For the tour, the home will be decorated as it might have been in 1882.
“I’ve tried to make the parlor very Victorian,” said Judy Mills. “I have crocheted angels which I made and the old fashioned candles that you would have seen in 1882-the ones you would really have lit although mine will not be lit.”
She has used antique glass ornaments on the parlor tree and has several other trees decorated with lights and berries.
“We have a staircase that curves the entire hallway of the old part of the house. That’s all decked with garland and bows and a few silver bells,” she said. “I’ve also decorated the porch and put gifts and Santa out there. I’ve mainly used greens and lights and touches of the dark red berry colors.”
n Mark and Nancy Moore, 234 West 5th.
Mark and Nancy Moore may have the newest home on the tour, but you wouldn’t know it by the decorations-they’re pure Victorian.
“I really enjoy Victorian period style,” said Nancy Moore. “We have greenery and bulbs and lights and angels-everything that I think of as Victorian.”
Moore even recovered a footstool in leopard print when she learned that leopard skins were part of every Victorian home.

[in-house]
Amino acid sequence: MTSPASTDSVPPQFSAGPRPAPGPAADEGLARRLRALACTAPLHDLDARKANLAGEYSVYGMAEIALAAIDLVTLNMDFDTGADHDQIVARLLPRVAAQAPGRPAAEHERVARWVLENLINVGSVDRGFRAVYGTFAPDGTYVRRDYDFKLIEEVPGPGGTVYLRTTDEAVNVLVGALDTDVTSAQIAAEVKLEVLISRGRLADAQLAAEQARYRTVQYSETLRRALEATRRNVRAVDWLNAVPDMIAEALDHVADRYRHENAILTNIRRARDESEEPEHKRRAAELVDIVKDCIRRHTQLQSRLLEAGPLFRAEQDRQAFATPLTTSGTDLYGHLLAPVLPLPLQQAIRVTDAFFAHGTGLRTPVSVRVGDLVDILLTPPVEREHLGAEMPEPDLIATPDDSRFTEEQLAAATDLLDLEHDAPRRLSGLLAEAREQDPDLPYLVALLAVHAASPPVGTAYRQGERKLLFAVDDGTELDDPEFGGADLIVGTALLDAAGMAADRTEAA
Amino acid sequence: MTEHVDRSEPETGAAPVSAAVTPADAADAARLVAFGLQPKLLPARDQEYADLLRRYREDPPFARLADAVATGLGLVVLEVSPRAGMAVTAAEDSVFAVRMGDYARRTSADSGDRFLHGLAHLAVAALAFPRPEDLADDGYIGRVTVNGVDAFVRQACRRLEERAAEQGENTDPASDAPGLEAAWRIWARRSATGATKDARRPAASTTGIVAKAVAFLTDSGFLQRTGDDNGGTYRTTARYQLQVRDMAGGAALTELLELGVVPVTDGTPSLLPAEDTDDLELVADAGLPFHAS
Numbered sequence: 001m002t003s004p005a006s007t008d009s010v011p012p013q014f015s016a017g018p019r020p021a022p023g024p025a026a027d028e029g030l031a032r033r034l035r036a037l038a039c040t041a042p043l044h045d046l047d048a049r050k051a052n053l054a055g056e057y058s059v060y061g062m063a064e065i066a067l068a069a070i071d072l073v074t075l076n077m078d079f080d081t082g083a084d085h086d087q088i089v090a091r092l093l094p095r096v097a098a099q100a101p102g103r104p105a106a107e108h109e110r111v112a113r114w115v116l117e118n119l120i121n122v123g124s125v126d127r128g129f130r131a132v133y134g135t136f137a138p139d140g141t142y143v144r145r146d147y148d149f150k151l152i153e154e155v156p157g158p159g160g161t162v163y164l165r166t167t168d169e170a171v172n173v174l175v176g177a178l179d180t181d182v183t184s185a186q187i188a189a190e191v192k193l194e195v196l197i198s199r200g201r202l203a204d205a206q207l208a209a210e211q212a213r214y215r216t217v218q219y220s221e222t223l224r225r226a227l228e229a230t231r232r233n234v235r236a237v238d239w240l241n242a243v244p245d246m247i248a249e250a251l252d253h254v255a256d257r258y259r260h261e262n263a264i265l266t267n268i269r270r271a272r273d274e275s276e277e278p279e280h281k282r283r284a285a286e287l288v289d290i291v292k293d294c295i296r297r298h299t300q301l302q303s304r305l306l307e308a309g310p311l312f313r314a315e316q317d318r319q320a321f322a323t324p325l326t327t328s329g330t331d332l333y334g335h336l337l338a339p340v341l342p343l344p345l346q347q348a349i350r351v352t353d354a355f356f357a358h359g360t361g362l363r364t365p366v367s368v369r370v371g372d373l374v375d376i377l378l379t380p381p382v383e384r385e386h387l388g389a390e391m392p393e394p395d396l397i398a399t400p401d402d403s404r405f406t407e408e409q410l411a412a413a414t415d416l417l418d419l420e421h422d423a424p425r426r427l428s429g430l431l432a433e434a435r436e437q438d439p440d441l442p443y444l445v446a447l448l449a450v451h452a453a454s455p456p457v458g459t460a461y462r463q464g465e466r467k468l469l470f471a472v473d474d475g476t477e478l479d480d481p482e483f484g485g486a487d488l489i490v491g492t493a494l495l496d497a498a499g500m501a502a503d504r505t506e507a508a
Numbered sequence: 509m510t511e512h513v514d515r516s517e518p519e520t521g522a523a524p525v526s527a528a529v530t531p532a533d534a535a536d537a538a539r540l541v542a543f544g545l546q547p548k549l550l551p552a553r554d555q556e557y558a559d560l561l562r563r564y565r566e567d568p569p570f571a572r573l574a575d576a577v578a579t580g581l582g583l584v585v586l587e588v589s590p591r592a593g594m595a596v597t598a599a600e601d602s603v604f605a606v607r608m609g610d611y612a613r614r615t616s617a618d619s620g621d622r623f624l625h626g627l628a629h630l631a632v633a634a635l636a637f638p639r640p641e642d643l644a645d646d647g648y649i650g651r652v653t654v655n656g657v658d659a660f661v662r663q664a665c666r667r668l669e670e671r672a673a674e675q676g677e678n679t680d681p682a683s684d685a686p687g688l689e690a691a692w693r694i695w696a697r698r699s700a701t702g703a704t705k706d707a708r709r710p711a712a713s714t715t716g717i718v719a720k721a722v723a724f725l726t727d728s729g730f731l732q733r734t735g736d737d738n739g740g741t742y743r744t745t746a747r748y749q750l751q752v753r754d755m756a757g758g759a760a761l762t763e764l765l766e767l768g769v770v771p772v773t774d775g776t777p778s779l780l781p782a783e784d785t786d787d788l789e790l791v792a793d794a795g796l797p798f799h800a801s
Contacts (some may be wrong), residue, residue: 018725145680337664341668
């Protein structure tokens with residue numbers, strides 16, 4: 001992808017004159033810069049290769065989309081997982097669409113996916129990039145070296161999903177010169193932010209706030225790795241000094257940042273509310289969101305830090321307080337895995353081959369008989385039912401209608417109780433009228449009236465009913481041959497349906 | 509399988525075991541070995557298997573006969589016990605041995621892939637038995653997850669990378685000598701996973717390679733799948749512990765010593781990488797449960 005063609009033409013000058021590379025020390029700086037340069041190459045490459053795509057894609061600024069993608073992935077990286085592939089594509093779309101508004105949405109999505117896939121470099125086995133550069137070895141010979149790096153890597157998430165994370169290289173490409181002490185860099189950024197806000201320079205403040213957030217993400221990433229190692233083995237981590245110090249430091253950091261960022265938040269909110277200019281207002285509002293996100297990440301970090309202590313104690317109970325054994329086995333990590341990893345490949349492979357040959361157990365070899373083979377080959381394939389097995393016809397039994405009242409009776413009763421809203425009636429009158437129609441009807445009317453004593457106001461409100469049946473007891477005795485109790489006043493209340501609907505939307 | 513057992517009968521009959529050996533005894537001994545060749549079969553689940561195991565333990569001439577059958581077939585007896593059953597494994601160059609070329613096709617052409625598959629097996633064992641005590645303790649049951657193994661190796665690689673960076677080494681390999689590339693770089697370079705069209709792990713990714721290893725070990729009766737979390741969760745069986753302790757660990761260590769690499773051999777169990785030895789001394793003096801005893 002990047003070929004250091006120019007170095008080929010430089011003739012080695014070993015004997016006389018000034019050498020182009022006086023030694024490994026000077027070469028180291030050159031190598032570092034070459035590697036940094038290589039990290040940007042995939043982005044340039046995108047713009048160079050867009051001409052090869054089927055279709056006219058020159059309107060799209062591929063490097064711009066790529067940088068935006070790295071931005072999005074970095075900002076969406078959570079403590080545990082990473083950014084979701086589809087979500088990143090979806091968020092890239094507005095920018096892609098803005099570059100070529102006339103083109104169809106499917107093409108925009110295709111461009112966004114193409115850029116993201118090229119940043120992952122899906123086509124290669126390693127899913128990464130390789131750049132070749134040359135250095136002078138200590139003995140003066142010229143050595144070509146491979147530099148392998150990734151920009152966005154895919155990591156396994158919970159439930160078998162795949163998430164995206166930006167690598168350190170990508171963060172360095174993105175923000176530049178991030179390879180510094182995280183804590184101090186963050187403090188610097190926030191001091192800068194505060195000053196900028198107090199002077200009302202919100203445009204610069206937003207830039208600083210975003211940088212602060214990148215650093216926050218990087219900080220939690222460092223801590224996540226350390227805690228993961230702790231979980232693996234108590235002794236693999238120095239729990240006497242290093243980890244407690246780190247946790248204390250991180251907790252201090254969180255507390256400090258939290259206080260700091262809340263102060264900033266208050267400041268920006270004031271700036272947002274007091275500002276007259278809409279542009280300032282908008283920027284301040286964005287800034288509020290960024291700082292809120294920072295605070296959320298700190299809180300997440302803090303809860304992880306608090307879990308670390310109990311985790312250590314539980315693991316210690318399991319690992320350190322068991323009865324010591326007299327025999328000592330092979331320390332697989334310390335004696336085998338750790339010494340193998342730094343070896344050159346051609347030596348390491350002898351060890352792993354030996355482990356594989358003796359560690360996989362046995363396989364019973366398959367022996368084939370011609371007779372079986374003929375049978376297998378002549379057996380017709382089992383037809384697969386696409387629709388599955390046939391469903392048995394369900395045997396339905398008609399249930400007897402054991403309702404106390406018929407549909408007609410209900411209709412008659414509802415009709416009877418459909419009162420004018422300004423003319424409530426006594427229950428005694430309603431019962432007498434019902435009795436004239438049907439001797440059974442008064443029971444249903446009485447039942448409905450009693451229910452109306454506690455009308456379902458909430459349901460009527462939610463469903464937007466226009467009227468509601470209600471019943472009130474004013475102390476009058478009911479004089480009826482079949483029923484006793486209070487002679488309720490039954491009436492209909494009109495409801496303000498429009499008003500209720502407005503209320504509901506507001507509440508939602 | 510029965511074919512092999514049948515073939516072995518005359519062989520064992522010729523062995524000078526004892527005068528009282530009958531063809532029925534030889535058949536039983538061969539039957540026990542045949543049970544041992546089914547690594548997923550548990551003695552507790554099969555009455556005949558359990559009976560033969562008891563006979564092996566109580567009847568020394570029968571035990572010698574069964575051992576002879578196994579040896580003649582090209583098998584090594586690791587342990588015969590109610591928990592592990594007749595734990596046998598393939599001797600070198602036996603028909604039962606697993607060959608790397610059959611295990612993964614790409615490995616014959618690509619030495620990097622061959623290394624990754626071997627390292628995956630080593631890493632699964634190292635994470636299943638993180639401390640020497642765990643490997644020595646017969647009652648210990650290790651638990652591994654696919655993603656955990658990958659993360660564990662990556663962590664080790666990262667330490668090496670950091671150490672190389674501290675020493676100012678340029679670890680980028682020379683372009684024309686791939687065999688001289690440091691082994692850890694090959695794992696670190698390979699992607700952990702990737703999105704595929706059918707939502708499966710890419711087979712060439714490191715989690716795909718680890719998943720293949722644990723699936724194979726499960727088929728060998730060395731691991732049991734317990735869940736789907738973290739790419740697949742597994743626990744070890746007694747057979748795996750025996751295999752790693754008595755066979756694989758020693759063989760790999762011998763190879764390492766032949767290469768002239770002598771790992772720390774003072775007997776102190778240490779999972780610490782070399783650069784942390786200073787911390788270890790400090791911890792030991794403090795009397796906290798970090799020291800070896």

Moore is a ceramicist, and she will also be displaying the ceramic Santa’s and snowmen she has made.
The Moores have lived in their home only six months, and Moore said she’s still working on making the house her own.
“I don’t really do things by the book, I just do things that are pleasing to my eye,” she said. “It’s not done all the way how I want it yet, but you have to do a little at a time. We thought this would be a good way to meet community people that maybe we wouldn’t meet otherwise.”
n Mike and Jackie Sigwing, 513 Marion St.
Mike and Jackie Sigwing’s 1922 bungalow boasts its original woodwork and ceiling fixtures. One of those fixtures was rescued at auction after the Sigwings moved into the home two years ago.